Captain America: The Winter Soldier, Ed Brubaker, Steve Epting, Mike Perkins, Michael Lark, John Paul Leon
The film cannot come out soon enough. I need more Cap in my life. I have a wishlist of things I would like to see directly translated from book to movie — though many things will have to be changed, of course, to fit with MCU canon, there should be room for stuff like the “who the hell is Bucky?” moment. I’m looking forward to Falcon, who I haven’t seen before reading this TPB.
I also have a list of things I don’t want to happen, like that ending where Bucky just disappears leaving Steve believing he might be dead. Aaaah.
So in short, Brubaker is an amazing writer for Captain America — there are some moments where he just nails everything Steve is. The art’s good, too, and it all comes together really well in terms of pacing.
I don’t really get people who don’t like Steve. I mean, I can see plenty of reasons not to like the character, but the nobility and drive of him… It gets me right in all my feels.
Hmmm, The Origins of Virtue is an interesting examination of the possible evolutionary causes of virtue, mostly defined here as altruism. It works quite well as a supplement that falls somewhere in between three of my current classes on Coursera: one with an anthropological bent, one largely genetic, and one about morality. It draws some of those themes together quite well, for me, and explains some of the studies — and some of the pitfalls of the studies, and wishful thinking.
It’s also pretty well written: it’s divided into both chapters and sections, which makes it easy to digest and keeps the argument focused.
On the other hand, it’s a little old now (1996), and Ridley’s ideology is very obvious to the attentive reader, although camouflaged by his scientific tone. At least the last chapter unveils his ethical principles: anti-government, anti-socialism (including such familiar institutions to Brits as the NHS), pro-small collectives and curated communal living. To be fair, he does analyse some of the ways this falls down, but he mostly focuses on why government-run things doesn’t work.
I mean, I love the NHS unashamedly. I went from the diagnosis of gallstones to medication to having my gallbladder removed in the process of a couple of months, without paying for anything at the point of use, at a time when I couldn’t support myself and was in agonising pain. Throughout my life I’ll pay back into that system with my taxes, and I don’t begrudge it at all, whatever Ridley’s conclusions told him.
I had trouble with Invisible Cities. It’s beautiful, light, a dream of a soap bubble of a book, insubstantial and for me, really difficult. I can appreciate the writing, the dreamy nature of the book, but I can’t love it. It just didn’t quite work for me. Maybe written by Catherynne M. Valente it would have worked for me — her use of language has weight, somehow — but in this translation at least, no, Calvino didn’t work very well for me. It’s gorgeous, but I quickly got impatient with it.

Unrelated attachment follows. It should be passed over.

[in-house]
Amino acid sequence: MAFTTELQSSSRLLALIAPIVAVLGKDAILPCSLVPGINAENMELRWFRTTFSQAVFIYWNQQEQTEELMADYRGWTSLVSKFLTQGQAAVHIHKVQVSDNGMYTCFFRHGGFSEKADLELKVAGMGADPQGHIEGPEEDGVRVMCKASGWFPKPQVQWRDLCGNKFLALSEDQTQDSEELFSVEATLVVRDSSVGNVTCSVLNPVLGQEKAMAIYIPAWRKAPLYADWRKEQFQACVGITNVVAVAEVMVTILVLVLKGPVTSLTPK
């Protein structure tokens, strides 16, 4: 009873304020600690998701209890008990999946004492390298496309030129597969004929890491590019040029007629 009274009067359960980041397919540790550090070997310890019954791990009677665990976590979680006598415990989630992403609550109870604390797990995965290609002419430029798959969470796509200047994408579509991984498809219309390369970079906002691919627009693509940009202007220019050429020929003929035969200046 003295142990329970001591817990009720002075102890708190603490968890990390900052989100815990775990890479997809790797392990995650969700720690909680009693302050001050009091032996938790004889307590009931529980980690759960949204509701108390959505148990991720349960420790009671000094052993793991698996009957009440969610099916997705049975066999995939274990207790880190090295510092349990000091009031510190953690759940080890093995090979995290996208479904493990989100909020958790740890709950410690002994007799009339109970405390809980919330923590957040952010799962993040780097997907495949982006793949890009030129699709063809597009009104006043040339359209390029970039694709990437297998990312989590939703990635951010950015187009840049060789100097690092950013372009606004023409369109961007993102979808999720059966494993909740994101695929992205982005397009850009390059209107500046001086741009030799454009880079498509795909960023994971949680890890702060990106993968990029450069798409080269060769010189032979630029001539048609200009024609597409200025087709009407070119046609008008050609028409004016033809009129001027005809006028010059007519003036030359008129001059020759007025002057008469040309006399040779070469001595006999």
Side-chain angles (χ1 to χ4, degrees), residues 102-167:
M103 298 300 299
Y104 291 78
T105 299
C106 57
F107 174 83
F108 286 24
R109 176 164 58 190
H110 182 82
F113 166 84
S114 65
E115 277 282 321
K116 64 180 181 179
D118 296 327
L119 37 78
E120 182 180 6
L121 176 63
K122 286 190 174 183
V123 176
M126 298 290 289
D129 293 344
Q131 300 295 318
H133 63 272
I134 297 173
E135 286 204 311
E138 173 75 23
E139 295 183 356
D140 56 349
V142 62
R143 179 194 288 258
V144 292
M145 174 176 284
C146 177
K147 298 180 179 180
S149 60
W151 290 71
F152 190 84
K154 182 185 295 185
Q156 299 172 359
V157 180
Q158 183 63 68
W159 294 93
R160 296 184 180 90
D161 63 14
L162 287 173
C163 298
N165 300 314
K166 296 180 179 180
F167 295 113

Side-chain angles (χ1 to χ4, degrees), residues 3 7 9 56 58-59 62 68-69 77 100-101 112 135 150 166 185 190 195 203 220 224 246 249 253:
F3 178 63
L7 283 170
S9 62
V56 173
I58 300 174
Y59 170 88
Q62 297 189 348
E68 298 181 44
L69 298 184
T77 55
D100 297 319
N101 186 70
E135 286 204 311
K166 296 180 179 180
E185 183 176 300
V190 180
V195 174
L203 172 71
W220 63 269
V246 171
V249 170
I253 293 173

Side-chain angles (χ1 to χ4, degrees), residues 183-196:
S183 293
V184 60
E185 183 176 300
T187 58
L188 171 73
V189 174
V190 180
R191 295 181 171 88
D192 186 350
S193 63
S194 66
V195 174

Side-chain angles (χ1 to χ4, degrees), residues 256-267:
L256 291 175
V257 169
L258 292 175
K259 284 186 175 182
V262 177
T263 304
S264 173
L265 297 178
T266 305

It’s still a worthwhile read, I think, but don’t look for a story here: that’s not the kind of book this is. It’s more like a dreamscape.
Batgirl: The Darkest Reflection, Gail Simone, Ardian Syaf, Vincente Cifuentes
I very much enjoyed my first foray into Batgirl — certainly much more than I did the volume of Batman I choked down a while back for a class. Barbara Gordon is fun, and I have a thing for redheads anyway, I liked the art and her interactions with Bruce Wayne, and it’s a good introduction for someone new to DC.
I had two nitpicks. One, I didn’t think terribly much of the villains. They seemed almost too easily dealt with, like Gail Simone was starting Batgirl out soft because of the point I’m about to get to. It kind of makes sense, since she is being reintroduced and she is portrayed as needing to get back into the game here, but. Eh. I didn’t really care about the villains, put it that way. It felt a little bit rushed, too, though when I flipped back through it didn’t seem too bad. Maybe because the villain I was more interested in, Gretel, had less space.
The other thing was, well… why did we have to have a miracle cure for a disabled character? I don’t know much about Barbara Gordon or how prominent she might have been as a disabled character, so maybe there have been other issues building this up, but just jumping right in and finding that she was completely paralysed and then got better “miraculously” (as several people point out), it just didn’t feel right. I thought I was okay with it at first, given the way she talks about the time in a wheelchair and insists she’s not delicate now she’s out of it, but it didn’t quite add up for me.
Still, enjoyable, and I’ll pick up some more Batgirl when I get chance.
Avengers: The Enemy Within,Kelly Sue DeConnick, Scott Hepburn, Matteo Buffagni, Filipe Andrade
Avengers: The Enemy Within is basically the conclusion of the storyline in Captain Marvel: In Pursuit of Flight and Down, so I expect that if you haven’t read those, you won’t like this one. I’m not actually reading current Avengers, but that didn’t seem to spoil this crossover event. I have no idea how to keep track of all the timelines and so on, so I just throw myself in at the deep end every time and sink or swim. In this case, Carol’s background would help with the swimming, but Avengers background wasn’t necessary.
Love Carol and Jessica’s banter, love the appearance of characters like Thor, Hawkeye, Black Widow and the Wasp, love great lines like Carol and Thor’s exchange here:
Carol: You like hitting stuff with that hammer of yours? Thor: It is an act of which I am singularly fond.
I’m not a huge fan of the art — I preferred the issues that Dexter Soy illustrated — but that’s personal taste and most of the art here does what it needs to do perfectly. All in all, I’ve really enjoyed Kelly Sue DeConnick’s run of Captain Marvel even when I didn’t enjoy the art so much. The writing is very satisfying. I love how many female characters she highlights — I’d have liked Widow to have more to say, but that’s just because she’s the character I know best.
The ending here… without spoiling it, eh, I didn’t find it that original, but I think a lot can be done with it in the right hands.
I love Loki’s voice in this. I promised Joanne Harris I wouldn’t mention A Certain Actor, but actually, I think she makes her Loki pretty distinct anyway. It’s recognisably her writing, her way of getting into a character’s head — I think I could recognise the style somehow without ever knowing the author — and she makes it work very well. I’ve actually found over time that I prefer her other work, like Chocolat, to Runemarks, Runelight and The Gospel of Loki, which are ostensibly closer to my usual genre, but I still liked this a lot.